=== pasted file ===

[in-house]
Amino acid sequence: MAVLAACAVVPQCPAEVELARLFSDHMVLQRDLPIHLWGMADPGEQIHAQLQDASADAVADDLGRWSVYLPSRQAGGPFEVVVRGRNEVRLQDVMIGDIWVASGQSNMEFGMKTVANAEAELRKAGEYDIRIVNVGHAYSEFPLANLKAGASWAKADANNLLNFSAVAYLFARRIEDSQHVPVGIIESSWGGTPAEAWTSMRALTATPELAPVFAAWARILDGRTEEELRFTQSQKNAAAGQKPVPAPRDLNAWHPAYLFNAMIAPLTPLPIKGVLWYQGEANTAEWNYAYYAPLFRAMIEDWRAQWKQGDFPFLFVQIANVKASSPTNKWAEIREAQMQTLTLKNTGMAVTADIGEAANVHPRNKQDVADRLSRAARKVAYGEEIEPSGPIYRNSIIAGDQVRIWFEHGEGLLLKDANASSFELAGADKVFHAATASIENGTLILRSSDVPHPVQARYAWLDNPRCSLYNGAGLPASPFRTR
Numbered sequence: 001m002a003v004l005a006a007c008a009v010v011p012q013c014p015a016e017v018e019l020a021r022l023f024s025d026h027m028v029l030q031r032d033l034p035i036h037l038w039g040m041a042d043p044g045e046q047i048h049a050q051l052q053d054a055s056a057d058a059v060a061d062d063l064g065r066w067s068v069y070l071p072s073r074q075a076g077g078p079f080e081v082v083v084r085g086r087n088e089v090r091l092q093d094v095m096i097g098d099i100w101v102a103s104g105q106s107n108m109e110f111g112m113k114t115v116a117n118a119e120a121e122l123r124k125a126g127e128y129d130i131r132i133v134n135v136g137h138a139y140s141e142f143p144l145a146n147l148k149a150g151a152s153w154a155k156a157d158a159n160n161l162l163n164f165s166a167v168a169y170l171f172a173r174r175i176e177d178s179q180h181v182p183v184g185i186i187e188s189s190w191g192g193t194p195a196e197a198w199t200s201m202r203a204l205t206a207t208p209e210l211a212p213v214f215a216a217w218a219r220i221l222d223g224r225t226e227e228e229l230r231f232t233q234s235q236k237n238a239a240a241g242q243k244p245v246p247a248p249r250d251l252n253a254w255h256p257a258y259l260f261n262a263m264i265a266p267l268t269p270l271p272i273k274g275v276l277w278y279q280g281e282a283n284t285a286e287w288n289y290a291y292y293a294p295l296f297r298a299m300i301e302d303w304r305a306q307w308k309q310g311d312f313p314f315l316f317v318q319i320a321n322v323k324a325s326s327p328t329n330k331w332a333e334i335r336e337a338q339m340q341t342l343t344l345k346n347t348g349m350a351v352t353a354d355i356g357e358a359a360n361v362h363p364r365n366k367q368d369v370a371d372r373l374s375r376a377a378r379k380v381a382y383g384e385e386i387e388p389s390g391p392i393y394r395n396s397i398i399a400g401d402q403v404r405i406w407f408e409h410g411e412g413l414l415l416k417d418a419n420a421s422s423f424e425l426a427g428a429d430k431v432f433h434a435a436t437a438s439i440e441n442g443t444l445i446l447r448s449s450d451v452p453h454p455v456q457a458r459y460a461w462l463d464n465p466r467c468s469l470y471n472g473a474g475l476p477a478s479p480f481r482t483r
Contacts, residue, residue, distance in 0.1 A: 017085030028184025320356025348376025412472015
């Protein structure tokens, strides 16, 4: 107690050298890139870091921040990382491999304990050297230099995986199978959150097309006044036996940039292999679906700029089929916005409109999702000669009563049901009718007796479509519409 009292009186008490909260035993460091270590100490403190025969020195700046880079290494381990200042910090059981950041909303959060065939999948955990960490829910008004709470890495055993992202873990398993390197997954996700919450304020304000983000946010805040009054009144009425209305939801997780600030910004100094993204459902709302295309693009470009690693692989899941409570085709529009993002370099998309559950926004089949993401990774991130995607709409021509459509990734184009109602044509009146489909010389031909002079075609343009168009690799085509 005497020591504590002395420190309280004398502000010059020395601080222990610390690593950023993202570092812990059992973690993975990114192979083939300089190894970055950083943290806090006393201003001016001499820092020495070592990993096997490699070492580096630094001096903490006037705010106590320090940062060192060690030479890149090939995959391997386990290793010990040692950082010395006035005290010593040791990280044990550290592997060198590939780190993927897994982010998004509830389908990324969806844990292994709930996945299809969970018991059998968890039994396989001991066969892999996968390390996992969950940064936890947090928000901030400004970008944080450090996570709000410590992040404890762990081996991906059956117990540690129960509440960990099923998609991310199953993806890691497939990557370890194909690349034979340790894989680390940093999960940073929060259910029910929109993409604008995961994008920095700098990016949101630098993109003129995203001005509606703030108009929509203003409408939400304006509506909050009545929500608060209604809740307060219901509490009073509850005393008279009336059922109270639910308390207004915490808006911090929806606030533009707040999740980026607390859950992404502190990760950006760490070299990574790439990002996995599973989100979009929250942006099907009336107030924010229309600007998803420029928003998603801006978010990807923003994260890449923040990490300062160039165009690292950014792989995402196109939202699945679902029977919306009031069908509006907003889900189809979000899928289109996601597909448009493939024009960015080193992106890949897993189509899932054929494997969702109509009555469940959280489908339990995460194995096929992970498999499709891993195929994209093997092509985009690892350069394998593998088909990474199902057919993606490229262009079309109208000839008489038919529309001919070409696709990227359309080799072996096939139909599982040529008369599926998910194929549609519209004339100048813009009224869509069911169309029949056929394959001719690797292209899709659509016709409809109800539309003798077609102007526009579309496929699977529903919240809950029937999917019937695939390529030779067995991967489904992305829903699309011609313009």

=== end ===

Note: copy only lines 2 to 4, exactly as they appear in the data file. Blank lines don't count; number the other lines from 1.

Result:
Amino acid sequence: MAVLAACAVVPQCPAEVELARLFSDHMVLQRDLPIHLWGMADPGEQIHAQLQDASADAVADDLGRWSVYLPSRQAGGPFEVVVRGRNEVRLQDVMIGDIWVASGQSNMEFGMKTVANAEAELRKAGEYDIRIVNVGHAYSEFPLANLKAGASWAKADANNLLNFSAVAYLFARRIEDSQHVPVGIIESSWGGTPAEAWTSMRALTATPELAPVFAAWARILDGRTEEELRFTQSQKNAAAGQKPVPAPRDLNAWHPAYLFNAMIAPLTPLPIKGVLWYQGEANTAEWNYAYYAPLFRAMIEDWRAQWKQGDFPFLFVQIANVKASSPTNKWAEIREAQMQTLTLKNTGMAVTADIGEAANVHPRNKQDVADRLSRAARKVAYGEEIEPSGPIYRNSIIAGDQVRIWFEHGEGLLLKDANASSFELAGADKVFHAATASIENGTLILRSSDVPHPVQARYAWLDNPRCSLYNGAGLPASPFRTR
Numbered sequence: 001m002a003v004l005a006a007c008a009v010v011p012q013c014p015a016e017v018e019l020a021r022l023f024s025d026h027m028v029l030q031r032d033l034p035i036h037l038w039g040m041a042d043p044g045e046q047i048h049a050q051l052q053d054a055s056a057d058a059v060a061d062d063l064g065r066w067s068v069y070l071p072s073r074q075a076g077g078p079f080e081v082v083v084r085g086r087n088e089v090r091l092q093d094v095m096i097g098d099i100w101v102a103s104g105q106s107n108m109e110f111g112m113k114t115v116a117n118a119e120a121e122l123r124k125a126g127e128y129d130i131r132i133v134n135v136g137h138a139y140s141e142f143p144l145a146n147l148k149a150g151a152s153w154a155k156a157d158a159n160n161l162l163n164f165s166a167v168a169y170l171f172a173r174r175i176e177d178s179q180h181v182p183v184g185i186i187e188s189s190w191g192g193t194p195a196e197a198w199t200s201m202r203a204l205t206a207t208p209e210l211a212p213v214f215a216a217w218a219r220i221l222d223g224r225t226e227e228e229l230r231f232t233q234s235q236k237n238a239a240a241g242q243k244p245v246p247a248p249r250d251l252n253a254w255h256p257a258y259l260f261n262a263m264i265a266p267l268t269p270l271p272i273k274g275v276l277w278y279q280g281e282a283n284t285a286e287w288n289y290a291y292y293a294p295l296f297r298a299m300i301e302d303w304r305a306q307w308k309q310g311d312f313p314f315l316f317v318q319i320a321n322v323k324a325s326s327p328t329n330k331w332a333e334i335r336e337a338q339m340q341t342l343t344l345k346n347t348g349m350a351v352t353a354d355i356g357e358a359a360n361v362h363p364r365n366k367q368d369v370a371d372r373l374s375r376a377a378r379k380v381a382y383g384e385e386i387e388p389s390g391p392i393y394r395n396s397i398i399a400g401d402q403v404r405i406w407f408e409h410g411e412g413l414l415l416k417d418a419n420a421s422s423f424e425l426a427g428a429d430k431v432f433h434a435a436t437a438s439i440e441n442g443t444l445i446l447r448s449s450d451v452p453h454p455v456q457a458r459y460a461w462l463d464n465p466r467c468s469l470y471n472g473a474g475l476p477a478s479p480f481r482t483r
Contacts, residue, residue, distance in 0.1 A: 017085030028184025320356025348376025412472015